Also, the beautiful friendship of Panchaali & Krishna was something I enjoyed in the book. Krishna came in at every important point of her life, giving her advice & solace too, and often his ambiguous words kept her thinking long after he was gone. He had his secret connection with everyone she knew, and it seemed to her that He shared a special bond with everyone she thought she knew completely. But Krishna managed to make her believe she was his dearest friend of all. He referred to her as ‘sakhi’ and better yet, ‘Krishnaa’, the female version of His own name making her believe He loved her most dearly.

The greatest strength of the book is that it does not consist of kings, demi-gods or princes. It provides a humanistic touch to the epic, making it more realistic, more relatable, and more personal.

It’s said that only a woman can understand another woman’s feelings, pains and sorrow, and I think, after finishing the book, it’s true with me and Panchaali’s story. A must read.

Some lines of the book I loved:-

  • Above us our palace waits, the only one I’ve ever needed. Its walls are space; its floor is sky, its center everywhere. We rise; the shapes cluster around us in welcome, dissolving and forming again like fireflies in a summer evening ~ Panchaali
  • A problem becomes a problem only if you believe it to be so. And often others see you as you see yourself. ~ Krishna
  • And the mother, who through all the years of her hardship had never shed a tear, wept at his trust and her deception.
  • In the sandalwood days of love I had thought that if I could not have Salva, I would die. Now I discovered that a woman’s life is tougher than a banyan root, which exists without soil or water ~ Sikhandi
  • …….the power of a man is like a bull’s charge, while the power of a woman moves aslant, like a serpent seeking its prey. Know the particular properties of your power. Unless you use it correctly, it wont get you what you want. ~ Sikhandi.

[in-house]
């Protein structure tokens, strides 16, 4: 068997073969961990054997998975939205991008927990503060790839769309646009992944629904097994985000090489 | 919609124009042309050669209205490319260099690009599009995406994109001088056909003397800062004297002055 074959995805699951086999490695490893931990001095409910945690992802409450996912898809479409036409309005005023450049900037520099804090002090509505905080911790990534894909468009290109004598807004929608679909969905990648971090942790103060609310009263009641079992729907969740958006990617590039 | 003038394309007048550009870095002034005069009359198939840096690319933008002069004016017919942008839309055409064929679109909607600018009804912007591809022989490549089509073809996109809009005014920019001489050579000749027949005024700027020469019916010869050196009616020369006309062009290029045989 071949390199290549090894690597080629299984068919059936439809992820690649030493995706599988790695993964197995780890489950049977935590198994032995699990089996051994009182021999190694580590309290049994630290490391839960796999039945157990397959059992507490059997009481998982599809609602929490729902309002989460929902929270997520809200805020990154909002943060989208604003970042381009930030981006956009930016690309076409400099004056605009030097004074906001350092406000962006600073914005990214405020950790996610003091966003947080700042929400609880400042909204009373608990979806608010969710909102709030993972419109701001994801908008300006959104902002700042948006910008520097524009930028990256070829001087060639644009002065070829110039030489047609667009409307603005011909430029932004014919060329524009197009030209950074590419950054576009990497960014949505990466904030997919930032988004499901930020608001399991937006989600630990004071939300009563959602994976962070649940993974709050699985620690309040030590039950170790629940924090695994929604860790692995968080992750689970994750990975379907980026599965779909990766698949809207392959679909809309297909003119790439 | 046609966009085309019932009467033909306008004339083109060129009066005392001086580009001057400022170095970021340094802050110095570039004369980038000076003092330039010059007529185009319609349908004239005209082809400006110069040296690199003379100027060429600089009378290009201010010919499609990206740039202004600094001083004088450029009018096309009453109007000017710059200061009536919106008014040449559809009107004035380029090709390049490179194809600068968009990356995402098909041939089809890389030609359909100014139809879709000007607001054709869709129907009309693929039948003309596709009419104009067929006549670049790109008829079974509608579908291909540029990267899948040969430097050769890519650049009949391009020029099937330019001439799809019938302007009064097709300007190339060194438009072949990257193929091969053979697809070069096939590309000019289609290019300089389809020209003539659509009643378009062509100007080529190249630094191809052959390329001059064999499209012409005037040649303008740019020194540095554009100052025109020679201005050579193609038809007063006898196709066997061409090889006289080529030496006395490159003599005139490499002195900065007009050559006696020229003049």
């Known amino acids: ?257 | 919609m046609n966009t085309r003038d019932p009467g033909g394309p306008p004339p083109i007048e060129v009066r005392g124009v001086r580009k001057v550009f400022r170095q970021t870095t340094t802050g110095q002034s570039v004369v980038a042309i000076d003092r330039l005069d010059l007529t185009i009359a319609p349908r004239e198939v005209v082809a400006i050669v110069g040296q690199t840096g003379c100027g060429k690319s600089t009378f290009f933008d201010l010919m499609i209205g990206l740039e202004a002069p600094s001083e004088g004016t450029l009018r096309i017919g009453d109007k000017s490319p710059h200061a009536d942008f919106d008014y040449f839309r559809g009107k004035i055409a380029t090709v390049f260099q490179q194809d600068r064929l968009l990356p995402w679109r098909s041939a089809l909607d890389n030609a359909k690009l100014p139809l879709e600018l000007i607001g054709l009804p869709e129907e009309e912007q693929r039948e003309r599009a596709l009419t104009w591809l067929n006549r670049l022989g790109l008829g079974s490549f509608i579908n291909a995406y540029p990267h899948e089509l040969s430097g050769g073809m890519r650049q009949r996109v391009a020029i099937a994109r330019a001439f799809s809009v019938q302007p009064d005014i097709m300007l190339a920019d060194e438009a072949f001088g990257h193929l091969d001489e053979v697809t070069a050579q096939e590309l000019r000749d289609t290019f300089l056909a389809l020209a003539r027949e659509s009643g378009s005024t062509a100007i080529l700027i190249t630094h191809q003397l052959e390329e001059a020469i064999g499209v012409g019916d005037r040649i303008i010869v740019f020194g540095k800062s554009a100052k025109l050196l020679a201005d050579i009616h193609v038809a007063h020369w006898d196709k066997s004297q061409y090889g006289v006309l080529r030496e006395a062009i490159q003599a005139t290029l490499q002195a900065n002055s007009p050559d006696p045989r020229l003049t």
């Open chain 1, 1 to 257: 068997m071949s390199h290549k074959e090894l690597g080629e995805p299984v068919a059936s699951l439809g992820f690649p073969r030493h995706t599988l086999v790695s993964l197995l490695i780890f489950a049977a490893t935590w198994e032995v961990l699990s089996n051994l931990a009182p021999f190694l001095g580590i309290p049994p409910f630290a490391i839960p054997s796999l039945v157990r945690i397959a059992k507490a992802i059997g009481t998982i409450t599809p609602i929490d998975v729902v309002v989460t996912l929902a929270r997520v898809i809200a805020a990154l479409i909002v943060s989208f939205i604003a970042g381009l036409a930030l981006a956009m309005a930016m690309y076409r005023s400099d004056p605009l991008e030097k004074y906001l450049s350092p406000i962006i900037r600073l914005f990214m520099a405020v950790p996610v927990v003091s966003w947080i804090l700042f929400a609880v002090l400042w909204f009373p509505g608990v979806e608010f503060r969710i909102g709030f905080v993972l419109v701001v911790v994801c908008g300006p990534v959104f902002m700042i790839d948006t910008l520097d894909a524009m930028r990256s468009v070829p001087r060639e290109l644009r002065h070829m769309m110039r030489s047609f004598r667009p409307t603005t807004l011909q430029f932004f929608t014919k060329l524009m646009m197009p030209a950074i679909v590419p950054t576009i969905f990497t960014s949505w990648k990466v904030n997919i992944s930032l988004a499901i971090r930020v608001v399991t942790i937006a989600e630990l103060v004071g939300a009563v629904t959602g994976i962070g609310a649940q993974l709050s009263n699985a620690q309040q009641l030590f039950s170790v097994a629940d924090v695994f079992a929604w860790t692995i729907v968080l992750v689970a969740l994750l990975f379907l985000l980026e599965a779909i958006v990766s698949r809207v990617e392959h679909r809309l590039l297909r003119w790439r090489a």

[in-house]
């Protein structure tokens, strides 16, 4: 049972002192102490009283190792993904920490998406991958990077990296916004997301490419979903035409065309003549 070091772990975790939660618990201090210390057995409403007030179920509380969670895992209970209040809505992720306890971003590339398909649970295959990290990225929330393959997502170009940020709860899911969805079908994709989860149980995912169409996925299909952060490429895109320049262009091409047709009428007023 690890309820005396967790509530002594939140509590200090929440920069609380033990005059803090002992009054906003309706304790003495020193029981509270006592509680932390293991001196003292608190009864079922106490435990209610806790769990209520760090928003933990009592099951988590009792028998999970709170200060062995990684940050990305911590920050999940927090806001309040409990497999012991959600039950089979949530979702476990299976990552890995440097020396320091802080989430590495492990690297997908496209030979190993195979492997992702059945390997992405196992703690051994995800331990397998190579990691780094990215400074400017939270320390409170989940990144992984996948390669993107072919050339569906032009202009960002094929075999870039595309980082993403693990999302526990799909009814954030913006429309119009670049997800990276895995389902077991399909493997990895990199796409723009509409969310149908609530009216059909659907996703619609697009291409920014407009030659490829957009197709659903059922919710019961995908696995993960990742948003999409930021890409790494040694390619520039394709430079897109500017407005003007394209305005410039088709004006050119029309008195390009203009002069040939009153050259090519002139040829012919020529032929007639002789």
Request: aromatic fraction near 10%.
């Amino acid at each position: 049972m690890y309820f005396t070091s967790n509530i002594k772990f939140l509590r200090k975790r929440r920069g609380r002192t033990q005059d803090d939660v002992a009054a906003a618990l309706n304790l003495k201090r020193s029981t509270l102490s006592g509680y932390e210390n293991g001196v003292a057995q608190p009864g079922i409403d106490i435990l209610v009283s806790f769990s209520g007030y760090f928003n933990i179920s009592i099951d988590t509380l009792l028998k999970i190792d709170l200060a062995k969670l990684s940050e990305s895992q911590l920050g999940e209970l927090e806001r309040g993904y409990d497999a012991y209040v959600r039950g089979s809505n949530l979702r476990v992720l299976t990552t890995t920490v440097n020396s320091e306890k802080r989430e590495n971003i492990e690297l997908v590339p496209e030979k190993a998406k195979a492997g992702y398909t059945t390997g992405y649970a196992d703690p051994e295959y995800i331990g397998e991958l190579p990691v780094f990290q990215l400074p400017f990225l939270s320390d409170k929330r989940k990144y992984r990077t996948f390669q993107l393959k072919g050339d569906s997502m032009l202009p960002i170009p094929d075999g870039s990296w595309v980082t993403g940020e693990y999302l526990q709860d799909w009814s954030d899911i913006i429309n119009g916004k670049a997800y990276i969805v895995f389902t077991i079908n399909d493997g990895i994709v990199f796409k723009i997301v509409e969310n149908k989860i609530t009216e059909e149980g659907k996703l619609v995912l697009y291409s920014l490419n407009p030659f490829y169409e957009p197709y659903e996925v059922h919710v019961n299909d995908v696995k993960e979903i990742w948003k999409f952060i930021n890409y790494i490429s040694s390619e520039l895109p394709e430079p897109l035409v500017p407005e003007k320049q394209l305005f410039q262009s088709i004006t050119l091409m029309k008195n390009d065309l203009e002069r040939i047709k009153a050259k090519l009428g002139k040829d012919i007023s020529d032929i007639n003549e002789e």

• ………Distance is a great promoter of harmony: a fact that women who find themselves in situations similar to mine should keep in mind ~ Panchaali
  • A situation in itself, he said is neither happy nor unhappy. It’s only your response to it that causes to your sorrow……….. ~ Krishna
  • Trying to show u something. The stick (half burned) – it scared you, right? It may even have hurt you, if you hadn’t been so quick. But look – in trying to burn you, its consuming itself. That’s what happens to a heart-…………………… ~ Krishna
  • What is more numerous than the grass? – The thoughts that rise in the mind of man.Who is truly wealthy? – That man to whom the agreeable and disagreeable, wealth & woe, past and future, are the same.What is the most wondrous thing on earth? – Each day countless humans enter the Temple of death, yet the ones left behind continue to live as though they were immortal. ~ Yudhisthir
  • Just as we cast off worn clothes and wear new ones, when the time arrives, the soul casts off the body and finds a new one to work out its karma. Therefore the wise grieve neither for the living nor the dead. ~ Krishna
  • When Arjun asked why man found himself driven to wrongdoing in spite of good intentions, Krishna replied, Because of anger and desire, our two direst enemies.
  • I wasn’t ready to let go of my life. How amazing it seemed to me with its victories, its adventures, its moments of glory. Even the shame that had struck like hot iron, branding revenge into my brain, seemed suddenly precious in its uniqueness. I wanted to live it all again – with more wisdom this time! ~ Panchaali

This review has been submitted as a part of my Indian Quills Challenge 2013 (read about the challenge here)